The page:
By Nicole Rivard

Even though Americans have been celebrating Arbor Day since 1872—a day to plant,
nurture and celebrate trees—the term “tree hugger” is still sometimes used

I wear it like a badge of honor. I often share with people how I actually hug a tree almost
daily when I’m walking my bulldog Lila in the land trust property near my apartment.
Why? As a thank you for absorbing carbon dioxide, preventing erosion, and providing
oxygen and shade. Not to mention trees are an essential part of the ecosystem for
insects, birds and other wildlife. But also, it just makes me feel less anxious and more

We’re in a climate crisis, so what should be disparaged is not advocating for leaving
trees standing and the protection of woodlands. We cannot plant our way out of a
climate crisis.

While Friends of Animals’ work spans the globe, a couple of years ago, it hit close to
home, literally outside our Darien, Connecticut, headquarters. A crew from the Public
Works Department began removing the first of four healthy trees abutting sidewalks
around our office—a plan put in place because someone sued the town after tripping on
a nearby sidewalk. We stood in front of the second tree—a 100-year-old sycamore,
forcing the crew to leave until town officials could hear our reasons for opposing the
dreadful plan. We thought to ourselves, if communities start cutting down healthy trees
because of a philosophy of “someone might trip” this planet is doomed. What about the
public safety issue of the climate crisis and the negative environmental impact of cutting
down healthy legacy trees?

Unfortunately, the town eventually dismembered the sycamore. However, just yesterday
while on a walk with FoA president Priscilla Feral, we stopped, admired and patted the
bark of a stately old oak that remains standing outside our office building today because
of FoA’s pushback.

As Margaret Renkl pointed out in her recent New York Times column, we should all be
laser-focused on saving our urban trees. She writes that too few of us understand the
crucial contribution that trees make to our cities and suburbs: cooling hot buildings,
preventing storm-water runoff, improving air quality, and the like. Plus they provide food,
shelter and nesting for our wild neighbors.
Over 141 million acres of America’s forests are located right in our cities and towns,
according to the U.S. Department of Agriculture.

Of course, we support the planting of the right trees correctly—i.e., choosing native
trees, a diverse mix of species, making sure there’s enough room for roots and
providing adequate water. But the older trees are, the better. It takes at least 100 years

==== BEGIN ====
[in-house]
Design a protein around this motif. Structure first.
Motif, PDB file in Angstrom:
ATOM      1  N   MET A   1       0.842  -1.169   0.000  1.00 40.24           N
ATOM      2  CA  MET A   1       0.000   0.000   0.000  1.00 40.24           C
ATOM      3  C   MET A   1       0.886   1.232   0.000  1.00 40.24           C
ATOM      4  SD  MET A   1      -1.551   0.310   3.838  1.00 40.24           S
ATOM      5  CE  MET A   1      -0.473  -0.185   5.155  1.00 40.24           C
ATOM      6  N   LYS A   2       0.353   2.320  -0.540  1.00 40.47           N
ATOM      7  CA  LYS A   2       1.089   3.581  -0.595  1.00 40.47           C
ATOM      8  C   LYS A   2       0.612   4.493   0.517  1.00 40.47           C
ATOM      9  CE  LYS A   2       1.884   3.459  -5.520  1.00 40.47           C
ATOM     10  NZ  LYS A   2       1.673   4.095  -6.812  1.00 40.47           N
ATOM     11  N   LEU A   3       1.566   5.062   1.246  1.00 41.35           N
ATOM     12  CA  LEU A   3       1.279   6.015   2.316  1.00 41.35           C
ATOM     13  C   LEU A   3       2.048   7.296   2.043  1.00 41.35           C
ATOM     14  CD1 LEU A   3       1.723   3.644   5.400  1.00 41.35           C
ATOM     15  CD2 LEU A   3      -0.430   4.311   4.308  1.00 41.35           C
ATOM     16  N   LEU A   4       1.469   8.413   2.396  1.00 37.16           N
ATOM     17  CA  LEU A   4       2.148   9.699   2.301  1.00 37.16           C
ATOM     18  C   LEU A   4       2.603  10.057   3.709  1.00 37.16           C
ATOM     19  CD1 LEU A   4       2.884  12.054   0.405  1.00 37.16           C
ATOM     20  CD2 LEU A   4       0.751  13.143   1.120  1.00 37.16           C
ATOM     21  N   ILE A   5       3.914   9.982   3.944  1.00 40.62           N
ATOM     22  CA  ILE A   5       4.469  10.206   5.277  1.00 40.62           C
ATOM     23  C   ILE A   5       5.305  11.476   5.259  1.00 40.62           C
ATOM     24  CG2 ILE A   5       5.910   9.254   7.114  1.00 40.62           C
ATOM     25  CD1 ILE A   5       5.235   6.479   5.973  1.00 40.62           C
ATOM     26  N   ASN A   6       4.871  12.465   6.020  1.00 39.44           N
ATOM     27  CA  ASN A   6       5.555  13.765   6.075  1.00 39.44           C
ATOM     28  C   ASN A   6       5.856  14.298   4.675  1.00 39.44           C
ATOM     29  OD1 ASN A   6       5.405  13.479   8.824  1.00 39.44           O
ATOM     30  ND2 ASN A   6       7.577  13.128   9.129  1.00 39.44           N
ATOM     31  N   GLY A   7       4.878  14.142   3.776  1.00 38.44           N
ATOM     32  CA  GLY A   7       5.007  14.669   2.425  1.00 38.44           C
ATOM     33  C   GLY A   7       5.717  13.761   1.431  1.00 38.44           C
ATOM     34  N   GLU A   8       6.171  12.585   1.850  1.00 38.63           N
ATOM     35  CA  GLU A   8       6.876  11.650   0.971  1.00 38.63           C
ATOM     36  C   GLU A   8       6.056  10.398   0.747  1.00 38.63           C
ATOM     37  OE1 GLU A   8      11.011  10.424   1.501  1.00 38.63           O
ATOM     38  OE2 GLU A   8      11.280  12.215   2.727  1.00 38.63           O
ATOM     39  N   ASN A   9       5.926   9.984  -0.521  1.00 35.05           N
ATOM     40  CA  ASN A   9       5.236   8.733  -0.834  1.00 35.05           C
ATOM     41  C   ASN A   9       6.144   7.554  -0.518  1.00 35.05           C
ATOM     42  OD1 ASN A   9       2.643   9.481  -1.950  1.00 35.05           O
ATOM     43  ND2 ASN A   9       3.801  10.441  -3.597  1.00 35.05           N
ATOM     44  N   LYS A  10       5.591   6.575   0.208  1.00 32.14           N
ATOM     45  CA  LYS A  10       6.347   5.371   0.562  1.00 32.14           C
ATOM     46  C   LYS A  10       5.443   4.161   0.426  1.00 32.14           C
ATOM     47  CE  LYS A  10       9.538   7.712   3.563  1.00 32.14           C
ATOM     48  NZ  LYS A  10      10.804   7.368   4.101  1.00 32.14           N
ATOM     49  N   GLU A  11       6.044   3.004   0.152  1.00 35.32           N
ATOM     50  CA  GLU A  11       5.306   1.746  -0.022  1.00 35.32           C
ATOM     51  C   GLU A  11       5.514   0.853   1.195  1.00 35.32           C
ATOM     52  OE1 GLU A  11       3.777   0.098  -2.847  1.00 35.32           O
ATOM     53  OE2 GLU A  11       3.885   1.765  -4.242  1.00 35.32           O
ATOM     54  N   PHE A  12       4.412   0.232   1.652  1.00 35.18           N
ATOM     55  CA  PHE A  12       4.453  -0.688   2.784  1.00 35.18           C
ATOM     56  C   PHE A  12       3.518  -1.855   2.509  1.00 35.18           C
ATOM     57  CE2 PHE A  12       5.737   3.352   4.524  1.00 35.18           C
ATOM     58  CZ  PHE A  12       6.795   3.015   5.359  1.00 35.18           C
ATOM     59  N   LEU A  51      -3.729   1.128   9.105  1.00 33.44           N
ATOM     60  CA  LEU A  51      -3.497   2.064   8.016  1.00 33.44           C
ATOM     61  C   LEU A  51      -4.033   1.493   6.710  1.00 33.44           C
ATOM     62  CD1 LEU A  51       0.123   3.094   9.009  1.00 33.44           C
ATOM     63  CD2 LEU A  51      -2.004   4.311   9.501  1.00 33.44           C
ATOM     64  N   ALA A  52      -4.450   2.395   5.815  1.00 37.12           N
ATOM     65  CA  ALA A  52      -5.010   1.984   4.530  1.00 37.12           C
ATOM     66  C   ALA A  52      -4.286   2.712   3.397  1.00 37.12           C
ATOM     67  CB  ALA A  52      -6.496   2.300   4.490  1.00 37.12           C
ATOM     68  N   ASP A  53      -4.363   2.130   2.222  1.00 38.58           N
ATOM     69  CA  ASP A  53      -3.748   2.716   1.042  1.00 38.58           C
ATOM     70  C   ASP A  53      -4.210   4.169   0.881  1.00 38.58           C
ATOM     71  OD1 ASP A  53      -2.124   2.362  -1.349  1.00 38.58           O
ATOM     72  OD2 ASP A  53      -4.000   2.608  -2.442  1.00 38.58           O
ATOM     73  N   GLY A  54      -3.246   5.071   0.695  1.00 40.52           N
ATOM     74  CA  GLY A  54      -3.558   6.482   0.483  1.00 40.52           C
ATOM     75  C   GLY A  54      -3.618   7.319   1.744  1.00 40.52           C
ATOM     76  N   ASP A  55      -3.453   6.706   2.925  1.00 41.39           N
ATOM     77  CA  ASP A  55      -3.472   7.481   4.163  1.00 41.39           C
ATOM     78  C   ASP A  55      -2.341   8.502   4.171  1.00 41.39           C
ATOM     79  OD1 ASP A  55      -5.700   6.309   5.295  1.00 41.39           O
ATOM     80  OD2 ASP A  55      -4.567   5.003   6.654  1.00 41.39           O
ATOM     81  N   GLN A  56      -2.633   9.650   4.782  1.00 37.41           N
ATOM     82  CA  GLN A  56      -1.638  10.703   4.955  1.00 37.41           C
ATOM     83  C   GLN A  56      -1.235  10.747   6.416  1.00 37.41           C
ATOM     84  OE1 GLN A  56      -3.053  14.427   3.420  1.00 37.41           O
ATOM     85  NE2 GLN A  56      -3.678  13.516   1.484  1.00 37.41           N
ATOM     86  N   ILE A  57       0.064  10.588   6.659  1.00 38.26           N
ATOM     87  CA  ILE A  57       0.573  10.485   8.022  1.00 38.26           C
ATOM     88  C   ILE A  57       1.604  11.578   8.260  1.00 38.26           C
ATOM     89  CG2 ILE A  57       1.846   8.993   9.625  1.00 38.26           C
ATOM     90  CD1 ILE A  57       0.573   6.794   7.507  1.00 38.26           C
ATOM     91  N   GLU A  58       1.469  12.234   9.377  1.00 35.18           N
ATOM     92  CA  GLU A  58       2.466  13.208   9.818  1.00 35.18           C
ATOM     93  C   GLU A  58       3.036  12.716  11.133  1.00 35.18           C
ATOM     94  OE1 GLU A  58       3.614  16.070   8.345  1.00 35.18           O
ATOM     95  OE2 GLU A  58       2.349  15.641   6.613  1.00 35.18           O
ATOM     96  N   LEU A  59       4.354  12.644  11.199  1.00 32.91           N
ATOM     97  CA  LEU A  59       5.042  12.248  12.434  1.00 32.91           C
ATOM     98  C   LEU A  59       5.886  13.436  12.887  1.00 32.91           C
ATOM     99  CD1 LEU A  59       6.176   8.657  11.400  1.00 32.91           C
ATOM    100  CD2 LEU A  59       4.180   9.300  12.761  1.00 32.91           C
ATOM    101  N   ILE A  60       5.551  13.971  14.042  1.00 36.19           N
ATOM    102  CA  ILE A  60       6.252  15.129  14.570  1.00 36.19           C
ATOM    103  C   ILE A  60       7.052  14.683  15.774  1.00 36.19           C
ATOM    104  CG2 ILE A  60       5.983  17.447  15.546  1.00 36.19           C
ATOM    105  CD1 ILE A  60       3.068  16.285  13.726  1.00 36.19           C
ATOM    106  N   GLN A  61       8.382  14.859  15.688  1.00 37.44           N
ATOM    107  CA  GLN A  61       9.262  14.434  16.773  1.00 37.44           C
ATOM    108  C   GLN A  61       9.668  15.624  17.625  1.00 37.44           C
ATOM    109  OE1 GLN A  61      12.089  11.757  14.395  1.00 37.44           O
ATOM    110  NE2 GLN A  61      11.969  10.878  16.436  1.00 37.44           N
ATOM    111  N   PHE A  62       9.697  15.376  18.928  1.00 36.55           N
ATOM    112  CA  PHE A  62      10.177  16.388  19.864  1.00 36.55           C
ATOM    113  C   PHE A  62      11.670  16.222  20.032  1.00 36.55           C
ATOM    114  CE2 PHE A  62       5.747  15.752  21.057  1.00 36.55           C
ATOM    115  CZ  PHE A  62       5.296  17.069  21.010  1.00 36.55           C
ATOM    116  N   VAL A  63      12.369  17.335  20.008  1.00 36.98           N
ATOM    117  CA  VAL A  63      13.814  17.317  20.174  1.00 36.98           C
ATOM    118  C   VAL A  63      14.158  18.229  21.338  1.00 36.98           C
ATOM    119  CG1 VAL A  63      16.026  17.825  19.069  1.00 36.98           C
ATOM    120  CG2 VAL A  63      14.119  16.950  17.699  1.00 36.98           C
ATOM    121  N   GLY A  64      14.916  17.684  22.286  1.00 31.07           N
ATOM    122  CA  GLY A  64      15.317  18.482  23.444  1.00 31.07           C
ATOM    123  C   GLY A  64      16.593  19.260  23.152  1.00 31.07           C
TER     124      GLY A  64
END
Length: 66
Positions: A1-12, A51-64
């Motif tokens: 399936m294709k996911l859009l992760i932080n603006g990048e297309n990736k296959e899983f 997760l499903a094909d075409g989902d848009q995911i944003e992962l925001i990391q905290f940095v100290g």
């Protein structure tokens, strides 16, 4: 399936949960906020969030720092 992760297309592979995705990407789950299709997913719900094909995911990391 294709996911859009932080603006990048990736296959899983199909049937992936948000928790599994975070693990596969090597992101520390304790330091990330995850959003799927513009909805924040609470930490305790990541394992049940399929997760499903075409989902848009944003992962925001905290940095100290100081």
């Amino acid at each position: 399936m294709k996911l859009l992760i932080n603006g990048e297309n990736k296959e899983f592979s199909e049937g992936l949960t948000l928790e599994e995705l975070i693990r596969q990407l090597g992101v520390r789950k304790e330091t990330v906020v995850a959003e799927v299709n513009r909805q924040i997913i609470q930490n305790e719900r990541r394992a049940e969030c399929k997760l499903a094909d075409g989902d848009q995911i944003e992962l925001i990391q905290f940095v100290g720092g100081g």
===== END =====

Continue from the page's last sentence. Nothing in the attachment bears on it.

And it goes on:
for a broad-leaf tree or about 60 years for a conifer to reach maturity.
In one year, an acre of mature trees absorbs the amount of CO2 produced by a car
driven 26,000 miles, according to the Arbor Day Foundation. And in that same amount
of time, a mature tree will absorb more than 48 pounds of carbon dioxide from the
atmosphere and release oxygen in exchange.

“Newly planted saplings can help, but with nowhere near the same effectiveness as
mature trees. And yet we have somehow gotten the idea that planting a tree in urban
and suburban areas has the same practical effect and moral force — there, I said it —
as preserving one,” Renkl writes. “A tree is a tree, right? If one happens to be growing in
a place where you don’t want it to grow, just cut it down and plant another in a more
convenient spot. As a species, we don’t have 150 years to wait for a black walnut
seedling to reach its full glorious height before we start protecting the black walnut trees
still among us.”

She’s absolutely right.

And speaking of glorious trees, not that long ago my friend Chris took me to see a
majestic white oak tree in Bedford, New York. It is estimated to be more than 500 years
old; it’s girth is more than 30 feet and the spread of its branches is 130 feet from tip to
tip. From the days when Bedford was Native American Territory, through the
Revolutionary War and to the present, this noble tree has seen much history.
I dug into its history a bit more and found this: In 1942 Harold Whitman deeded the
ground on which the tree stands to the Town of Bedford, in memory of his wife, Georgia.
Said Mr. Whitman, “My father taught me to take off my hat whenever I passed what he
used to call ‘our most venerable citizen.’ I do it to this day, as does my son, and I
commend it to you. Long may the old oak’s proud crest stand in Bedford, a challenge to
stability and generosity, so that its qualities may be found always in the character of
Bedford citizens.”

We could have sat underneath the protective branches of that venerable oak all day. But
low and behold, a man approached us carrying a box with an engagement ring in it. He
was about propose to his girlfriend underneath the oak—the tree was that special to

As we left, I thought, hurray for fellow tree huggers.
Now if only all people would embrace trees, and nature, with open arms every day, not just on
Arbor Day.

photo caption: Friends of Animals staffer Nicole Rivard stops to hug a tree while camping in Connecticut